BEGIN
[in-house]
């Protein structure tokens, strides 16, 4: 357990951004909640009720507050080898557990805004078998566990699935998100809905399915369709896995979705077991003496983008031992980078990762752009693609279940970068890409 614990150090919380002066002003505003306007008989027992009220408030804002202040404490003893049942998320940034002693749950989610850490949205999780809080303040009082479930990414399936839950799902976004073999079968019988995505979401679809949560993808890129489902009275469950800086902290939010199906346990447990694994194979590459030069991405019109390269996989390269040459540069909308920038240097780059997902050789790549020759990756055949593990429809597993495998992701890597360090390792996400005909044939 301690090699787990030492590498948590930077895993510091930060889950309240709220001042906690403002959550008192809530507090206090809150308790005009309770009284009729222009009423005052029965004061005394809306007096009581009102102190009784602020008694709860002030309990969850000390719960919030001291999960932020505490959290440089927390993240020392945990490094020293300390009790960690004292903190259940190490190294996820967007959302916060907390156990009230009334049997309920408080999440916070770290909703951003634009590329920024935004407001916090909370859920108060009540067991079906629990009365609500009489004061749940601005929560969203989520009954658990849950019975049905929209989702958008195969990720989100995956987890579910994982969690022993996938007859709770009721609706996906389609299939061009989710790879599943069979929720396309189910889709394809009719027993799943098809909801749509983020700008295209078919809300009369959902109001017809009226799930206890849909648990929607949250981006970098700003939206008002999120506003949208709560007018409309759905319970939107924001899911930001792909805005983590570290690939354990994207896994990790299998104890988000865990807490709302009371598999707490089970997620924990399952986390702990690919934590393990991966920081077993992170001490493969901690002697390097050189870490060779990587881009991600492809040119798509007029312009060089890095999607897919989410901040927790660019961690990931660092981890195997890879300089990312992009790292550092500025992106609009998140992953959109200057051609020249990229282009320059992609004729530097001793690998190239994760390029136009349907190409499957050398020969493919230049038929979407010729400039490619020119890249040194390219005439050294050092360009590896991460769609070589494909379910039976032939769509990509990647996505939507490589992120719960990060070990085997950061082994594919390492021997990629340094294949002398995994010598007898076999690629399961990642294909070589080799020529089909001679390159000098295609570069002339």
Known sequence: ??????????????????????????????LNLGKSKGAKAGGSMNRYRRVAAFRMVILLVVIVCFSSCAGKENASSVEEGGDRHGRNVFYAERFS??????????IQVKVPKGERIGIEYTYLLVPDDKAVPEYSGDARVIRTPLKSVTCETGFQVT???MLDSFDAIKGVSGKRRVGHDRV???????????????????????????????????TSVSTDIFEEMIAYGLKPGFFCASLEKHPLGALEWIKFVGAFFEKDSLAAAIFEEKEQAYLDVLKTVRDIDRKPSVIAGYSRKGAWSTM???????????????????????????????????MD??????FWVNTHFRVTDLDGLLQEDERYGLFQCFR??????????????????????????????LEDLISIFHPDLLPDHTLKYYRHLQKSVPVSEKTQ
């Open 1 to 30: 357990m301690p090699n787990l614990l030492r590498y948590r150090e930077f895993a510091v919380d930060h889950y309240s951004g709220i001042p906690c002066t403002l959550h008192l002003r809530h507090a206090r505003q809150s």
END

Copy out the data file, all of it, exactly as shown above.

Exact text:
[in-house]
């Protein structure tokens, strides 16, 4: 357990951004909640009720507050080898557990805004078998566990699935998100809905399915369709896995979705077991003496983008031992980078990762752009693609279940970068890409 614990150090919380002066002003505003306007008989027992009220408030804002202040404490003893049942998320940034002693749950989610850490949205999780809080303040009082479930990414399936839950799902976004073999079968019988995505979401679809949560993808890129489902009275469950800086902290939010199906346990447990694994194979590459030069991405019109390269996989390269040459540069909308920038240097780059997902050789790549020759990756055949593990429809597993495998992701890597360090390792996400005909044939 301690090699787990030492590498948590930077895993510091930060889950309240709220001042906690403002959550008192809530507090206090809150308790005009309770009284009729222009009423005052029965004061005394809306007096009581009102102190009784602020008694709860002030309990969850000390719960919030001291999960932020505490959290440089927390993240020392945990490094020293300390009790960690004292903190259940190490190294996820967007959302916060907390156990009230009334049997309920408080999440916070770290909703951003634009590329920024935004407001916090909370859920108060009540067991079906629990009365609500009489004061749940601005929560969203989520009954658990849950019975049905929209989702958008195969990720989100995956987890579910994982969690022993996938007859709770009721609706996906389609299939061009989710790879599943069979929720396309189910889709394809009719027993799943098809909801749509983020700008295209078919809300009369959902109001017809009226799930206890849909648990929607949250981006970098700003939206008002999120506003949208709560007018409309759905319970939107924001899911930001792909805005983590570290690939354990994207896994990790299998104890988000865990807490709302009371598999707490089970997620924990399952986390702990690919934590393990991966920081077993992170001490493969901690002697390097050189870490060779990587881009991600492809040119798509007029312009060089890095999607897919989410901040927790660019961690990931660092981890195997890879300089990312992009790292550092500025992106609009998140992953959109200057051609020249990229282009320059992609004729530097001793690998190239994760390029136009349907190409499957050398020969493919230049038929979407010729400039490619020119890249040194390219005439050294050092360009590896991460769609070589494909379910039976032939769509990509990647996505939507490589992120719960990060070990085997950061082994594919390492021997990629340094294949002398995994010598007898076999690629399961990642294909070589080799020529089909001679390159000098295609570069002339």
Known sequence: ??????????????????????????????LNLGKSKGAKAGGSMNRYRRVAAFRMVILLVVIVCFSSCAGKENASSVEEGGDRHGRNVFYAERFS??????????IQVKVPKGERIGIEYTYLLVPDDKAVPEYSGDARVIRTPLKSVTCETGFQVT???MLDSFDAIKGVSGKRRVGHDRV???????????????????????????????????TSVSTDIFEEMIAYGLKPGFFCASLEKHPLGALEWIKFVGAFFEKDSLAAAIFEEKEQAYLDVLKTVRDIDRKPSVIAGYSRKGAWSTM???????????????????????????????????MD??????FWVNTHFRVTDLDGLLQEDERYGLFQCFR??????????????????????????????LEDLISIFHPDLLPDHTLKYYRHLQKSVPVSEKTQ
């Open 1 to 30: 357990m301690p090699n787990l614990l030492r590498y948590r150090e930077f895993a510091v919380d930060h889950y309240s951004g709220i001042p906690c002066t403002l959550h008192l002003r809530h507090a206090r505003q809150s």